Observations From the Eclipse (without actually looking at the sun, of course)

by | Aug 29, 2017 | Perspective, Priorities, Reflection, Society | 0 comments

Incidentally, the “x” marks on the image above are the time-lapsed captures of the space station as it transited across the sun at 5 miles per second during the eclipse. Pretty cool!


#Eclipse2017 made for some interesting observations:

Are We Getting Soft? Cancelling school for an eclipse? Seriously? At the risk of sounding like a grumpy old man, that never would have happened when I was a kid. Besides, it’s such a great teaching opportunity. Something tells me liability drove this decision. (Maybe we’re not getting soft, we’re just getting too litigious…)

Anything Can Be Overhyped. “That was it?!?” was a common response in our area (which didn’t see 100% coverage). The leadership and communication lesson: Be careful hyping things; don’t set people up for a disappointment. Which leads me to another observation…

Media, Media, Media. To maintain credibility, the media should aim for the (sometimes narrow) sweet spot between over-hyping and under-reporting. Admittedly, tough to do. But do we really need reporting like “Let’s talk about how to use the eclipse glasses. First, don’t wear them while you’re driving. And put them on BEFORE you look at the sun, not after.”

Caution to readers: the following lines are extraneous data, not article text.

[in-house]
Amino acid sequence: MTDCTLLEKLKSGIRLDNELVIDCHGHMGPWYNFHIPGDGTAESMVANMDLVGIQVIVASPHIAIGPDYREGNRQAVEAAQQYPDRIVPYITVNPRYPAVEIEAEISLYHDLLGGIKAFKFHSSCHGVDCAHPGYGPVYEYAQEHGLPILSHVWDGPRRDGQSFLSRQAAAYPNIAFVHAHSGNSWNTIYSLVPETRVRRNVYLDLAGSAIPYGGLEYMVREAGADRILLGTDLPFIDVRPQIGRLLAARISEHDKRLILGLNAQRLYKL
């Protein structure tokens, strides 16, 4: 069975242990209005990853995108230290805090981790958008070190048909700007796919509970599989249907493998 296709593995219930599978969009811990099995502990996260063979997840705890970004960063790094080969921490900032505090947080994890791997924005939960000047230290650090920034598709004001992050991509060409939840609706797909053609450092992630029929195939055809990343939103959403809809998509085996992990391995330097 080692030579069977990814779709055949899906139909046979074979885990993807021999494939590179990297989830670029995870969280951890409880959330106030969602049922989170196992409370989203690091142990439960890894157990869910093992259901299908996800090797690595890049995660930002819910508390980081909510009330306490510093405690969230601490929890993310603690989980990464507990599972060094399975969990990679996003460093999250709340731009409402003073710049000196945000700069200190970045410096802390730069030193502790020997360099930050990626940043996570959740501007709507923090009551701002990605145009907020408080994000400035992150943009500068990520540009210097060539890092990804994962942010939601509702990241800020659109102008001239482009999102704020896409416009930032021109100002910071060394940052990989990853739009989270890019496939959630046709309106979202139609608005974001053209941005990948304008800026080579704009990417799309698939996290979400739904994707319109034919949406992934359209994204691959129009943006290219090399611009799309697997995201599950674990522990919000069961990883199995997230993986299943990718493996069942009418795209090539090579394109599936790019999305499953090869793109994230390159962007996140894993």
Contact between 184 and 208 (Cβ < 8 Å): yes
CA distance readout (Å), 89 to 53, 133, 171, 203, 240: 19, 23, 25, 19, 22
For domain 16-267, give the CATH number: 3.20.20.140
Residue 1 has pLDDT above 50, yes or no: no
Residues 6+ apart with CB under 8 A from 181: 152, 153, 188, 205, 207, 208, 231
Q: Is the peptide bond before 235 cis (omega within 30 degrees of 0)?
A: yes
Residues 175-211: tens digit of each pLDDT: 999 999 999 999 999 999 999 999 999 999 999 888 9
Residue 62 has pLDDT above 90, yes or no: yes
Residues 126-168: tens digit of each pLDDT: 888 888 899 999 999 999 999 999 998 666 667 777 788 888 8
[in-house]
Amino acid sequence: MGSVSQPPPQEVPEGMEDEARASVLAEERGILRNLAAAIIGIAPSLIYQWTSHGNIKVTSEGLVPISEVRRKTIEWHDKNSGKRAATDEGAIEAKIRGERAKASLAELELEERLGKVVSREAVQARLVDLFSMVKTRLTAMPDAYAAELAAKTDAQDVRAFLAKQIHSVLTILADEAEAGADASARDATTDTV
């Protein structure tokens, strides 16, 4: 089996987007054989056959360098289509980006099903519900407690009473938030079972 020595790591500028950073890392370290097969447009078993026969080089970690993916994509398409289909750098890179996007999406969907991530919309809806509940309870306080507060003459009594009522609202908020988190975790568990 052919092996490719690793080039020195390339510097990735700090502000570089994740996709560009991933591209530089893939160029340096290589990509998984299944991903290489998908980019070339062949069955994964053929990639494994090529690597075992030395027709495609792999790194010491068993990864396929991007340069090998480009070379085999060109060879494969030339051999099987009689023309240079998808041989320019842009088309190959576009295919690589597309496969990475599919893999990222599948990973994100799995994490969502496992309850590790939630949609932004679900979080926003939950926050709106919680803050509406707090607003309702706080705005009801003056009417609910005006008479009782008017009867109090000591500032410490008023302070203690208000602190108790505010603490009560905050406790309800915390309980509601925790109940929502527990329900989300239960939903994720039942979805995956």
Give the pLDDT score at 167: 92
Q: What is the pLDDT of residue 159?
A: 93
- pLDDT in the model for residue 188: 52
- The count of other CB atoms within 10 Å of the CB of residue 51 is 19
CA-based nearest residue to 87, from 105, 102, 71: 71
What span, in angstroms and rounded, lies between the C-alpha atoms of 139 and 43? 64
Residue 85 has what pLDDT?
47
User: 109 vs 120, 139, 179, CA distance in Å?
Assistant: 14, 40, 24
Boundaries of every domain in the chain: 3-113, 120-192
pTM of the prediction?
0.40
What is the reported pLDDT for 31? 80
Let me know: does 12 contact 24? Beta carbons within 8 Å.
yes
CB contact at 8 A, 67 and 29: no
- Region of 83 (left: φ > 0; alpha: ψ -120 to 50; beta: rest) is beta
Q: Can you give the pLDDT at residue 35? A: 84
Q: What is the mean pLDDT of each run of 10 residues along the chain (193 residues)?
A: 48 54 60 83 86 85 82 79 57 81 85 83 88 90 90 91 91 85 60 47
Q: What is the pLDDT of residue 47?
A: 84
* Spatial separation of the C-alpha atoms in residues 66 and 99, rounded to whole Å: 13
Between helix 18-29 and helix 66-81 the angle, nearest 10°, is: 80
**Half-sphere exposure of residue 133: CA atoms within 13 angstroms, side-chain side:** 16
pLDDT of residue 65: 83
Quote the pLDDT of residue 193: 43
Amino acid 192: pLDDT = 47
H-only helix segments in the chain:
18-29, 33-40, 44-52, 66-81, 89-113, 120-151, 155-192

People Love Breaks In Routine. The eclipse was a welcome break in the middle of an afternoon work day. Those who weren’t watching the eclipse were watching the people watching the eclipse. A leadership reminder: Sometimes breaking up the grind of work/life for your team with a nonwork-related event can be a good thing.

Having a Hot Sun is Cool. In central Florida, the moon’s coverage of the sun was 81%, and it was still quite bright and hot. I’d guess that if you were working outside and weren’t aware you wouldn’t have noticed it. Our sun is pretty powerful if you can cover 80% of it and it’s still that bright. That’s pretty cool.

You Can Get Too Wrapped Up. Days before the eclipse I happened to check the tracking for an expected package. At the top of the page, I saw this message…

FedEx's overreaction to the eclipse

I have no idea what potential effects an eclipse might have on a package in transit. It looked like PR to me (though, admittedly, I didn’t click on Learn More to find out).

It’s Encouraging to See People Doing Good. Don’t waste your glasses: You can donate them to Astronomers Without Borders. They will distribute them to people in poor countries so they can safely view future solar eclipses. Good for them.

Like Yogi Berra said, “You can observe a lot just by watching.” What did you see surrounding the eclipse—without looking at the sun—that was interesting?

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